3 × elevators
3 × hydraulic catapults (2 flight deck, 1 hangar deck– latter removed 1942)

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98 years ago today: The Guard returns

Courtesy of Mr. Boris V. Drashpil of Margate, Florida, 1986. Description: Catalog #: NH 101051

Courtesy of Mr. Boris V. Drashpil of Margate, Florida, 1986. Description: Catalog #: NH 101051

Russian Imperial Guard Troops landing at Feodosiya, Crimea, on April 13, 1919.

Caption: Part of the 105 members of the “White Russian” Imperial Guard ashore at Feodosiya on the Crimean peninsula on April 13, 1919, having just disembarked from the British Destroyer HMS TOBAGO (G61), which can be seen in the right background.

The men mentioned above were likely former Guards officers and NCOs assigned to the Russian Expeditionary Force sent to France by the Tsar in 1916. After the Russian revolution kicked the country out of the war, some formed what was termed the Russian Legion and remained fighting on the side of the Allies until the Armistice, after which they were landed by the Allies in the Crimea, with most electing to serve the anti-Bolshevik White army.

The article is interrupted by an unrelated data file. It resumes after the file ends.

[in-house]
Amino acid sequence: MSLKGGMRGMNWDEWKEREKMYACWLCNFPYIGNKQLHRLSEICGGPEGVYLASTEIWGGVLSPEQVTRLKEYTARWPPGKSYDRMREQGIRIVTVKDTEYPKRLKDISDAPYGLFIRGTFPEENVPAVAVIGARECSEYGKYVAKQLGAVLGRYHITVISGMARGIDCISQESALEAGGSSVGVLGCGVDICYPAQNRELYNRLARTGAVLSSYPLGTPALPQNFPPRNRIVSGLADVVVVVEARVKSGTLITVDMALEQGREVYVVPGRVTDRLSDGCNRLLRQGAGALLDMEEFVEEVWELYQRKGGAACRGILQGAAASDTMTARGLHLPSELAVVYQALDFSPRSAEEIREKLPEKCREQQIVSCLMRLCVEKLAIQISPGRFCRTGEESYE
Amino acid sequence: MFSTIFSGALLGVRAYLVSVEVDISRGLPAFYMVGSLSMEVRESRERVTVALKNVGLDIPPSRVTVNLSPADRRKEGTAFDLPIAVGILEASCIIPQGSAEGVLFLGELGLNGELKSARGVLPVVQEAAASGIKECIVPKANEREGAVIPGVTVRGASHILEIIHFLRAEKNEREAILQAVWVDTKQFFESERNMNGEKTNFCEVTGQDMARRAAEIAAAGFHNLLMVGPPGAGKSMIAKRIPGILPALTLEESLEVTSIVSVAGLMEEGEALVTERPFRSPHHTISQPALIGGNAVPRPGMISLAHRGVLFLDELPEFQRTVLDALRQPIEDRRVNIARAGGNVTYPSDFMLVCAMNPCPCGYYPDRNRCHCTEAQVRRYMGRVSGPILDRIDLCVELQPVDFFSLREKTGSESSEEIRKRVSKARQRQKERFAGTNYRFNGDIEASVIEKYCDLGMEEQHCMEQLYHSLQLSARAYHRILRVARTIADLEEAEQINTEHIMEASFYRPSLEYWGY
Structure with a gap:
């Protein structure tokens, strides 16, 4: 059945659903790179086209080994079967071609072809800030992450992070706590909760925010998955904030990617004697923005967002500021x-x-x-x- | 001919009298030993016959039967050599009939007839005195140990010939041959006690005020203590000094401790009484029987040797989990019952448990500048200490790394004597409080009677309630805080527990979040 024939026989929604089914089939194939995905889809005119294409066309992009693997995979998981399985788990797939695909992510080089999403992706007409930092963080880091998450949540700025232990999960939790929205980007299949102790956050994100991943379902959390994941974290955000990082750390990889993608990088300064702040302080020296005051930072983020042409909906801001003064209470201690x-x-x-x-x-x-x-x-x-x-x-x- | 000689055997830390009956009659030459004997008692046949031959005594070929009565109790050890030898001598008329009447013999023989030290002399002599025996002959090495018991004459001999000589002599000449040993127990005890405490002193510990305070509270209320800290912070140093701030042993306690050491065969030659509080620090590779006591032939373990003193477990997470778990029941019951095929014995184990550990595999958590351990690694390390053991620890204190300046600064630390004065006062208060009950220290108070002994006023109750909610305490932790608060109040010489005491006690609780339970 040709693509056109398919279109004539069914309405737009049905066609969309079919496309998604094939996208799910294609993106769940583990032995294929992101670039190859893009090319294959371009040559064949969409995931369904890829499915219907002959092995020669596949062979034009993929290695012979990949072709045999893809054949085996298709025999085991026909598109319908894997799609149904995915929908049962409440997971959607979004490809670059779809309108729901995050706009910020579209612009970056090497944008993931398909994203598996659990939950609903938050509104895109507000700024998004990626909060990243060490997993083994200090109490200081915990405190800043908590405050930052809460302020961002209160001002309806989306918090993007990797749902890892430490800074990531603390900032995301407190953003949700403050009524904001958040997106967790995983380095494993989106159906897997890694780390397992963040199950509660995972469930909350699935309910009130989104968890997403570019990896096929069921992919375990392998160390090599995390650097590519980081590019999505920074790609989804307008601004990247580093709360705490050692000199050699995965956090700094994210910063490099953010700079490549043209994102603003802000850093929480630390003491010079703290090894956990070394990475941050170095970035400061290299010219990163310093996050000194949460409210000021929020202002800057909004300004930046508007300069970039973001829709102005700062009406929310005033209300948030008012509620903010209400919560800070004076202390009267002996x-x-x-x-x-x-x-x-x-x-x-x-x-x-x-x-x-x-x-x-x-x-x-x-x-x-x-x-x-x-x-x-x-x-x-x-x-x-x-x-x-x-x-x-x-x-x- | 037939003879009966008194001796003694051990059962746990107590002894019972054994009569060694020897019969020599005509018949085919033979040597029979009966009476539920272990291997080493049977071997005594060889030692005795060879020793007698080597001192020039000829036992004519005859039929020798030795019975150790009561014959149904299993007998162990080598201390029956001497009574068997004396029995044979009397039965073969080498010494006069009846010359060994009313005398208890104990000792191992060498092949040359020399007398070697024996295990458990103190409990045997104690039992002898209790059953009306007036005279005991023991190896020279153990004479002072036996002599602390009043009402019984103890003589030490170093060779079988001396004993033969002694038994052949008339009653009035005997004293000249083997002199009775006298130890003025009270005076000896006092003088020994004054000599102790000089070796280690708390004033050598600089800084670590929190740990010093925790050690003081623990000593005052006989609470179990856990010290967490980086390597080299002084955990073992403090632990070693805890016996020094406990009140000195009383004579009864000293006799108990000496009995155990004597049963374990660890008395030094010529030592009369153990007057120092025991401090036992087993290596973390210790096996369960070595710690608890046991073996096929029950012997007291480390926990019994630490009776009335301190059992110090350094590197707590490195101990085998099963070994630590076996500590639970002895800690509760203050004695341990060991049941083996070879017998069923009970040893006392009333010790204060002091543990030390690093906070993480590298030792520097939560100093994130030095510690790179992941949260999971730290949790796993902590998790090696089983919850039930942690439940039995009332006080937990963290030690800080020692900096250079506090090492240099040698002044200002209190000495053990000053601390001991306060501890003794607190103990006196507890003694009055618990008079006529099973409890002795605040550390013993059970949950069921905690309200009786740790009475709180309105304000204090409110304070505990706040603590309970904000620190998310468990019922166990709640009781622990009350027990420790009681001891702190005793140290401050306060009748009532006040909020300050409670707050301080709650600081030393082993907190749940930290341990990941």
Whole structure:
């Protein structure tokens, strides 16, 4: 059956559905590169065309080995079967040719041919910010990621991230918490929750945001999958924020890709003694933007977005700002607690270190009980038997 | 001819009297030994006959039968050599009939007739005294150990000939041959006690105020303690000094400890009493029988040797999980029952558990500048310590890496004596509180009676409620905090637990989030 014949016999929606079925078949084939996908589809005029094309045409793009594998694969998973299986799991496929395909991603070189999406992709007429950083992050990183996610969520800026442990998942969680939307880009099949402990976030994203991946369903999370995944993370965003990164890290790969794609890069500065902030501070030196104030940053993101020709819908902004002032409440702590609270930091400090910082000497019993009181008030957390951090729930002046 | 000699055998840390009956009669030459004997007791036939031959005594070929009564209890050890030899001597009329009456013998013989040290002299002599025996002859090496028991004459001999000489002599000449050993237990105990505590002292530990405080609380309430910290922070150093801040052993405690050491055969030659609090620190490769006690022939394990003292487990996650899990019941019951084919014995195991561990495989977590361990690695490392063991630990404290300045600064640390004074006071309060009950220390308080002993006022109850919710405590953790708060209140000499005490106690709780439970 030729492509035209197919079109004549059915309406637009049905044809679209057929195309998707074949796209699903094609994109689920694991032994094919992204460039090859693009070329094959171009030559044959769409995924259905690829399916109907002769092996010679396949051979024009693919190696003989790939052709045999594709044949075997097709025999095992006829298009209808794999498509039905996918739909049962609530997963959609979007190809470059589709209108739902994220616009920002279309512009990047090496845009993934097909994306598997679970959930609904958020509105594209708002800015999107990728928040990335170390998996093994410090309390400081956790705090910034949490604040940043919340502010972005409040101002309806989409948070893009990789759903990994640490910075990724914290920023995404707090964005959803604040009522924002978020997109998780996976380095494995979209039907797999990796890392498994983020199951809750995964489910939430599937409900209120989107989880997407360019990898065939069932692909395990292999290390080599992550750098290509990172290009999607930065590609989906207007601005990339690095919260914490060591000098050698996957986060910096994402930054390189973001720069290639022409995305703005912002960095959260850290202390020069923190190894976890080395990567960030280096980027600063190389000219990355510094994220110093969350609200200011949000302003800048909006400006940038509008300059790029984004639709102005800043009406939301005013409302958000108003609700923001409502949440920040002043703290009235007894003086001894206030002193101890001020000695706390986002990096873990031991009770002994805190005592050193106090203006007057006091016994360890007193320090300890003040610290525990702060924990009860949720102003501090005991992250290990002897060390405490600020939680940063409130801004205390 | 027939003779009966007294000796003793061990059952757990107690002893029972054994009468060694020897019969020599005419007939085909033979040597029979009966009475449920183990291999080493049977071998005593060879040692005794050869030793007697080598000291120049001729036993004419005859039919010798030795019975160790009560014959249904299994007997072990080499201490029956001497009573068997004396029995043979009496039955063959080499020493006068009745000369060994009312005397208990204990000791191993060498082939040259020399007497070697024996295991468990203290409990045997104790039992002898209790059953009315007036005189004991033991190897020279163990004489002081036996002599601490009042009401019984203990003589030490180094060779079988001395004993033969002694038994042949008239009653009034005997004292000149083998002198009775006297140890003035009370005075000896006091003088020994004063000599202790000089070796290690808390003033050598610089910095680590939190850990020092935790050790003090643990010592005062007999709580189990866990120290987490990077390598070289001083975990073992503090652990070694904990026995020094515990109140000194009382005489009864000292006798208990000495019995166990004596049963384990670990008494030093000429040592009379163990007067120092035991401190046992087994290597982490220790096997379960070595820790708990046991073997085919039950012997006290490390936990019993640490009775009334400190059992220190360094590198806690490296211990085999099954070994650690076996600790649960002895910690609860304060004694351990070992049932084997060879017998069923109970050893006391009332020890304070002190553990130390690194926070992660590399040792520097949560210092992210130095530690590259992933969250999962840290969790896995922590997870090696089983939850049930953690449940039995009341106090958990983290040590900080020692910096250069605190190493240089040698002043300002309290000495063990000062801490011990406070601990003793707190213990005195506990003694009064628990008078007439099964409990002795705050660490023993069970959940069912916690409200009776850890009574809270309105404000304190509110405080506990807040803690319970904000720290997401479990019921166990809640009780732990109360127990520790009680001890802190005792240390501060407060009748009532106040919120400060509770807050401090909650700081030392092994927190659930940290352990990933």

As for Tobago, she was a 273-foot Thornycroft S-class destroyer newly commissioned just six months before the above photo was taken. She spent her entire active career supporting the Whites in the south of Russia, helping to evacuate refugees and support General Shkuro’s cossacks in the Caucus, among others. She was later damaged by a mine 12 November 1920 in the Black Sea and paid off on 15 December as a constructive total loss.

Warship Wednesday April 12, 2017: The Tsar’s German tin-can four-pack

Here at LSOZI, we are going to take off every Wednesday for a look at the old steam/diesel navies of the 1859-1946 time period and will profile a different ship each week. These ships have a life, a tale all their own, which sometimes takes them to the strangest places. – Christopher Eger

Warship Wednesday, April 12, 2017: The Tsar’s German tin-can four-pack

Courtesy of Mr. Boris V. Drashpil of Margate, Fla., 1983. Catalog #: NH 94425